I got the Vincent Ehindero Award!

vincent-ehendero-blogger-award

Sorry for the nearly 2 month wait, but I was nominated for the Vincent Ehindero Blogger Award from Dr. Y! Thank you so much! You have an amazing blog and I’m honored to receive this award. This is a new award I’ve never seen or been nominated for, so this was very cool.

Here are the rules:

-Thank the blogger who nominated you and provide a link to their blog.

-Post the award logo.

-Post the rules.

-Nominate up to 20-30 other bloggers and notify them.

-Notify Vincent of your nomination, via comment.

-After notifying Vincent, he’ll check out your blog, follow and give you your unique award for the good work on your blog.

-I’m not sure if we are supposed to have some questions for the nominees, but I’ll make some for them.

1. Do you have long or short hair?
Long hair, currently. Weirdly enough, my hair was short this time last year after donating 13 inches to Wigs For Kids.

2. Fantasy or Historic Fiction?
Fantasy. I certainly write a lot of it with my Revezia series and [spoilers minimized] some parts of the Hollanduscosm.

3. What book do you like a lot, but you dislike the author, because of background, etc.
I really can’t think of any at the moment.

4. Have you ever watched a movie that was better than the story that it was based on?
I guess Persepolis was slightly better as a movie, but the original graphic novels are totally worth reading, too. To be fair, Marjane Satrapi worked on both versions.

5. If you could visit one place in the world right now where would it be?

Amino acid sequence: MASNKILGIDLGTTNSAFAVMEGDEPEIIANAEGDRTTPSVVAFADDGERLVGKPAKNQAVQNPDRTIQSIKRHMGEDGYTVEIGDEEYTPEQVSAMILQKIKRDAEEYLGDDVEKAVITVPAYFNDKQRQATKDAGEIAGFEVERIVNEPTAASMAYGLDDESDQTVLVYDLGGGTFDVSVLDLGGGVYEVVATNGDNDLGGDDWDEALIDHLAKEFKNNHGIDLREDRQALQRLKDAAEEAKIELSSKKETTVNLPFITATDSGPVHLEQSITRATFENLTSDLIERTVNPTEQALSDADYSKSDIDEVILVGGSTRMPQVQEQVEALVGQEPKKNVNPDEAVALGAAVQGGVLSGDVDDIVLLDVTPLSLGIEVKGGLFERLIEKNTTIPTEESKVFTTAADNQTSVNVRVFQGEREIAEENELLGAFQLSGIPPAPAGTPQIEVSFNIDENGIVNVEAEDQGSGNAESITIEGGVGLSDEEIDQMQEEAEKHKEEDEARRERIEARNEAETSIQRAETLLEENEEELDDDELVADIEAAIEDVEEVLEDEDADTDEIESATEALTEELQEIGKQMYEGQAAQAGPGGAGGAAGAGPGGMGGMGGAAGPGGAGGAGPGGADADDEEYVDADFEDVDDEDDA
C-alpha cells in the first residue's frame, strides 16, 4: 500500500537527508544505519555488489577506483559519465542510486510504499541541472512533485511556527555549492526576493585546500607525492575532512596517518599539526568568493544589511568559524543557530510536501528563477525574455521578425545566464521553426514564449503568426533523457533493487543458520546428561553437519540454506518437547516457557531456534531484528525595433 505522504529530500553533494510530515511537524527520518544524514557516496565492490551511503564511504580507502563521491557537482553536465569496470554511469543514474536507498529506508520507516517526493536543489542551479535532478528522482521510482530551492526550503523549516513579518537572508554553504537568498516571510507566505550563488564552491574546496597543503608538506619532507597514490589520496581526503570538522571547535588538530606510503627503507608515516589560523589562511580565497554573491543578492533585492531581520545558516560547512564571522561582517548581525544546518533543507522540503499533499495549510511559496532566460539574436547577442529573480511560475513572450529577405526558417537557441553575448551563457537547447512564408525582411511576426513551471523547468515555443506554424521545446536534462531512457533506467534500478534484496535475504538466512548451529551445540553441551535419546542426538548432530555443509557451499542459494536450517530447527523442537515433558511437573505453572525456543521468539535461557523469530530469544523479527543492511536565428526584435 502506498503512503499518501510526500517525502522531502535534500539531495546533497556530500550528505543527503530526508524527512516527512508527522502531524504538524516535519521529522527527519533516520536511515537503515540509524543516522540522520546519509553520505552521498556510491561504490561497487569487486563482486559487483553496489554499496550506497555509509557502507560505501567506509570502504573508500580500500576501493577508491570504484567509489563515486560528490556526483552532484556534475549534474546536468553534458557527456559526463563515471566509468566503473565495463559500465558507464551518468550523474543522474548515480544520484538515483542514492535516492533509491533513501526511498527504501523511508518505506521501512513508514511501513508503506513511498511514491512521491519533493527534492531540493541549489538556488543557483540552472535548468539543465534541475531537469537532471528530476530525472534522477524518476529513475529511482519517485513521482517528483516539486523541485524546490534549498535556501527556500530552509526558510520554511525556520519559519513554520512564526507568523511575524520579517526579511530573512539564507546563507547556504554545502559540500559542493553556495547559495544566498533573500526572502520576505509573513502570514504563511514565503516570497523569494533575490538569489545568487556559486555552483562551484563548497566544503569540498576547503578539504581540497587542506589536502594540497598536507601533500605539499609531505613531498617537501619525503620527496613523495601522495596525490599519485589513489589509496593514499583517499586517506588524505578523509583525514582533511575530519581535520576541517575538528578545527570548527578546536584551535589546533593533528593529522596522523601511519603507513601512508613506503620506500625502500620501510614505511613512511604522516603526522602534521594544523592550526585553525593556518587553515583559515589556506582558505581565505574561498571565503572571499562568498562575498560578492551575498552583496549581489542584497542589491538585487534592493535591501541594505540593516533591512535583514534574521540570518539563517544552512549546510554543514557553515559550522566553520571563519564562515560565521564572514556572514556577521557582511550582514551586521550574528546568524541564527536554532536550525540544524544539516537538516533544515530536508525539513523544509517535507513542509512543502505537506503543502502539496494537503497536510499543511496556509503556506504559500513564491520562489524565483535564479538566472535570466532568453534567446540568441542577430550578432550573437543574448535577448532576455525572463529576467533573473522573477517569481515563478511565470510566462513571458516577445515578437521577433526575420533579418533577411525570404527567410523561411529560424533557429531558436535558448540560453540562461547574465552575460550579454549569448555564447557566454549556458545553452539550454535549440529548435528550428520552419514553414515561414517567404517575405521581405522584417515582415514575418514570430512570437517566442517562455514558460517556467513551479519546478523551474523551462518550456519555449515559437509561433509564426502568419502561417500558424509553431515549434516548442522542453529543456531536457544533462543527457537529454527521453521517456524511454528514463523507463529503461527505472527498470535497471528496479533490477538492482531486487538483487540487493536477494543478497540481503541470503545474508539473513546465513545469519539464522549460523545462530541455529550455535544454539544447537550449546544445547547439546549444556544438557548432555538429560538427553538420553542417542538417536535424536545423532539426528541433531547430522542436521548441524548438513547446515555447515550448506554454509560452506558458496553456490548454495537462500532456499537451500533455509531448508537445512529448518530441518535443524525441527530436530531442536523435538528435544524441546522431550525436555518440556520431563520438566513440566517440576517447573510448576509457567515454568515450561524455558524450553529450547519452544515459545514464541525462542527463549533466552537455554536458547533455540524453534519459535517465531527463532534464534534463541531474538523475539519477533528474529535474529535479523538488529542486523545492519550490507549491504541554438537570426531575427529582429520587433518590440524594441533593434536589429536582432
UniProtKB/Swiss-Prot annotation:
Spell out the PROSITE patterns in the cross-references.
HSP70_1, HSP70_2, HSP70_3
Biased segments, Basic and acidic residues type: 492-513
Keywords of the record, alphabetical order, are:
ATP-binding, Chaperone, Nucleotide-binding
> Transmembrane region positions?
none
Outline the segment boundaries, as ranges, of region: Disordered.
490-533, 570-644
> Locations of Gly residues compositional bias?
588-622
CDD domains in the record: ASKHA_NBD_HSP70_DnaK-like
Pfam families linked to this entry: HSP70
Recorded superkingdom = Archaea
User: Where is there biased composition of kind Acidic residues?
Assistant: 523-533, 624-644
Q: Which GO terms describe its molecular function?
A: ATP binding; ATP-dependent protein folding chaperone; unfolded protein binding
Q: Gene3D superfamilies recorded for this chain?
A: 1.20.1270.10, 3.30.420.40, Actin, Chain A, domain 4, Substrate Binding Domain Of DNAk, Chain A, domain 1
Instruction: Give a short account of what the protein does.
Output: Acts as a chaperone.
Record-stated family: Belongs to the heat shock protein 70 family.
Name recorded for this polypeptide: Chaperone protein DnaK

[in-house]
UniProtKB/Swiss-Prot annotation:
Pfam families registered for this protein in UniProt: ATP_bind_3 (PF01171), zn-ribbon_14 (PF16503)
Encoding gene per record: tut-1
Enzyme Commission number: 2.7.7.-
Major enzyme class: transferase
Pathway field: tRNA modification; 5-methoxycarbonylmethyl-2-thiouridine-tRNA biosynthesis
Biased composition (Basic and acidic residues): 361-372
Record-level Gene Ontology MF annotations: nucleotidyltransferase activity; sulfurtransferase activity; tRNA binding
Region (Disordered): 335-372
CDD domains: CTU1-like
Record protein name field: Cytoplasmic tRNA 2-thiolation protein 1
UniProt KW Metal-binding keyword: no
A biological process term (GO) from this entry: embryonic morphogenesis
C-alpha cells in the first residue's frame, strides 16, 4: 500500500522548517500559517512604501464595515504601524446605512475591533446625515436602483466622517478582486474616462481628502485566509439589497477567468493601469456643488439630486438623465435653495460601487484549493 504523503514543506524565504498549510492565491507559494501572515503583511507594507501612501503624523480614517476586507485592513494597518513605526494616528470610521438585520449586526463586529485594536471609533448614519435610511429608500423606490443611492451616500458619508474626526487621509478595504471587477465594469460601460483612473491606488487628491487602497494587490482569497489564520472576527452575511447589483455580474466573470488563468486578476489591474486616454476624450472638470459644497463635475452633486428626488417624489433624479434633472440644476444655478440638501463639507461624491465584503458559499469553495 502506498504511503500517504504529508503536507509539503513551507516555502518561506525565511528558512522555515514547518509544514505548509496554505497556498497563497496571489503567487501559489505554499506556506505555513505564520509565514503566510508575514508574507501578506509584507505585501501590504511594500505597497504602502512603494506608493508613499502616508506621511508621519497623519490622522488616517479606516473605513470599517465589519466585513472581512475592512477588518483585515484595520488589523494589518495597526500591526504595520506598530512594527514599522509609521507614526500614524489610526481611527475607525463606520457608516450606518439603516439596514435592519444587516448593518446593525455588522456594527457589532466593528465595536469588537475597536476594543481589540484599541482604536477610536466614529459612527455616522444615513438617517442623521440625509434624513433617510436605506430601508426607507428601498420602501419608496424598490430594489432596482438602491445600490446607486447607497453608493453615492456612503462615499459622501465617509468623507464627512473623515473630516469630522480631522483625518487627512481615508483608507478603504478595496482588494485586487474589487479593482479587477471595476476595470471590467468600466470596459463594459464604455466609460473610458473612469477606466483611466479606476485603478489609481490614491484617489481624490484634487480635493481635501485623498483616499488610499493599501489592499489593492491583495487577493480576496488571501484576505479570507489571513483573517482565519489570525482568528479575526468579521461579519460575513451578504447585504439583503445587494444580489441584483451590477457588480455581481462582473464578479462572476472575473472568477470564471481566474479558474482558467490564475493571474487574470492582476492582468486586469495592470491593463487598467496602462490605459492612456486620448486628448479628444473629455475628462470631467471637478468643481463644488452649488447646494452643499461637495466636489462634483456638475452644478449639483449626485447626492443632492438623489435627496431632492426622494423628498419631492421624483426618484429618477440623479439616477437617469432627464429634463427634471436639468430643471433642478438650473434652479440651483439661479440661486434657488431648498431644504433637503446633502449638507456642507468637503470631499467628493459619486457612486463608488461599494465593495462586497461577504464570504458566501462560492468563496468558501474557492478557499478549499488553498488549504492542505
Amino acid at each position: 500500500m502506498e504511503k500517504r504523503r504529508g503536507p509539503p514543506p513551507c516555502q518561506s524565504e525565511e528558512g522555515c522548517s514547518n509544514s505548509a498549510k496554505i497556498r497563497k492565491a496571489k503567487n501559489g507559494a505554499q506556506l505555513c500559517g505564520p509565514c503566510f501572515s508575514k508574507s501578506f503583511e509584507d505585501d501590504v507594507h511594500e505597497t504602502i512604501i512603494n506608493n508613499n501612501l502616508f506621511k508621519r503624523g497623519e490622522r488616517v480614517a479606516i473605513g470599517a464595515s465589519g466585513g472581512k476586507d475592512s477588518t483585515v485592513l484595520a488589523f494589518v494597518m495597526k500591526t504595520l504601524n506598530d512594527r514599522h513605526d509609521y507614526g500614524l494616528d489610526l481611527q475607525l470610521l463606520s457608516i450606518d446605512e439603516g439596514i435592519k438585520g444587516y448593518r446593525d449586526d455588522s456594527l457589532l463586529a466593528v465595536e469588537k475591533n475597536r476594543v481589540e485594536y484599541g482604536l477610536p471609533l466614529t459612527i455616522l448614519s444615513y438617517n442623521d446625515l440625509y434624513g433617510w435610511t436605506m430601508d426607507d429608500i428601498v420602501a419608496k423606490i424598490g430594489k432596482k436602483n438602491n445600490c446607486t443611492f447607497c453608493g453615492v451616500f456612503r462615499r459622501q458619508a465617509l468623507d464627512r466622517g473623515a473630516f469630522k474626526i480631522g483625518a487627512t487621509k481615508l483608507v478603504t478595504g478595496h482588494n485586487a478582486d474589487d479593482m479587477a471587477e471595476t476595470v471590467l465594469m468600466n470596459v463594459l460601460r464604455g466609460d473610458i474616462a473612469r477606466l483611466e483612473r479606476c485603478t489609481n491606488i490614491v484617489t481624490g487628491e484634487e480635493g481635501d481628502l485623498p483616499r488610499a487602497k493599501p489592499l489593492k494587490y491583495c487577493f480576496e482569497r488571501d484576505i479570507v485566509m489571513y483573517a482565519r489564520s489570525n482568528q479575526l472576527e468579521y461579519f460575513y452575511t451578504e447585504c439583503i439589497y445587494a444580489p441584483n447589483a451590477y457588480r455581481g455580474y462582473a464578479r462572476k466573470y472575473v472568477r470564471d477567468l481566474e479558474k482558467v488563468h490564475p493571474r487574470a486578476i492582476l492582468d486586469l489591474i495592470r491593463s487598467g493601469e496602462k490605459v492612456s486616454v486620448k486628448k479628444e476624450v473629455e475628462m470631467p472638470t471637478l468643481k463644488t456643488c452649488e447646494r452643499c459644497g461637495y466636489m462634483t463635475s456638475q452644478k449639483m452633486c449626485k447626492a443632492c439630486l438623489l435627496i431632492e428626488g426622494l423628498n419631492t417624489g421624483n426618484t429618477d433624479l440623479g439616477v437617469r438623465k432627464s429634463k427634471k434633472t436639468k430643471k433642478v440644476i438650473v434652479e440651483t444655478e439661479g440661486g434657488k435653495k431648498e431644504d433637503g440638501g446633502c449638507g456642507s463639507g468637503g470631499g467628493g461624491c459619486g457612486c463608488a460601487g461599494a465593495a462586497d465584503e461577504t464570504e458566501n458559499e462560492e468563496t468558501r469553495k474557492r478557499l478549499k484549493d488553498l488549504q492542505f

As a geography nerd, I find this to be a very difficult question. Hahaha! The only place I’ve visited outside of America is Ecuador so far. I guess one place among several that I would really like to visit is Rwanda. I’ve been seeing how beautiful and amazingly clean Kigali is, it’s very modern, stable, and there’s a lot of tourist attractions I never expected in that country.

Here are my questions for my nominees:

1. If you could get one singer, band, or composer to score a movie based on your life, who would it be?

2. Which three countries would you like to visit that you have never been to before?

3. What is one thing you wish you could do right now if COVID-19 didn’t happen?

4. Describe how you feel at the moment when you post this award post in a haiku form.

5. Which fictional character would you want to hang out with for an entire day? What things would you do? What conversations would you have?

Here are my nominees:

1. Irina
2. Merlin
3. Scarlettiger
4. Never Argue With a Fish
5. Angela Grant
6. K At the Movies
7. T Crow
8. Another Anime Review
9. Kielder Ospreys
10. H. M. Gautsch

 

Representation Matters Pt. II: “But why don’t you make your own characters?!”

Here we go, everybody. I’m thankful that there were bloggers who liked the first blog post in my Representation Matters series on the Ospreyshire blog. I wasn’t sure how people would take to my thoughts and personal experiences, but I’m glad there are those willing to read about them.

Let’s get to part 2 of this series.

I mentioned this in passing, but I remember seeing/hearing this quote which I see as a retort for those who have legitimate gripes with either the lack of (positive) representation or racial stereotypes: “Make your own characters!”. Those same people who say that are those who don’t have to deal with being derogated by their complexion en masse, let’s be honest here. It really shows an entitlement which inadvertently proved that study about TV watching in that previous post right if you really think about it.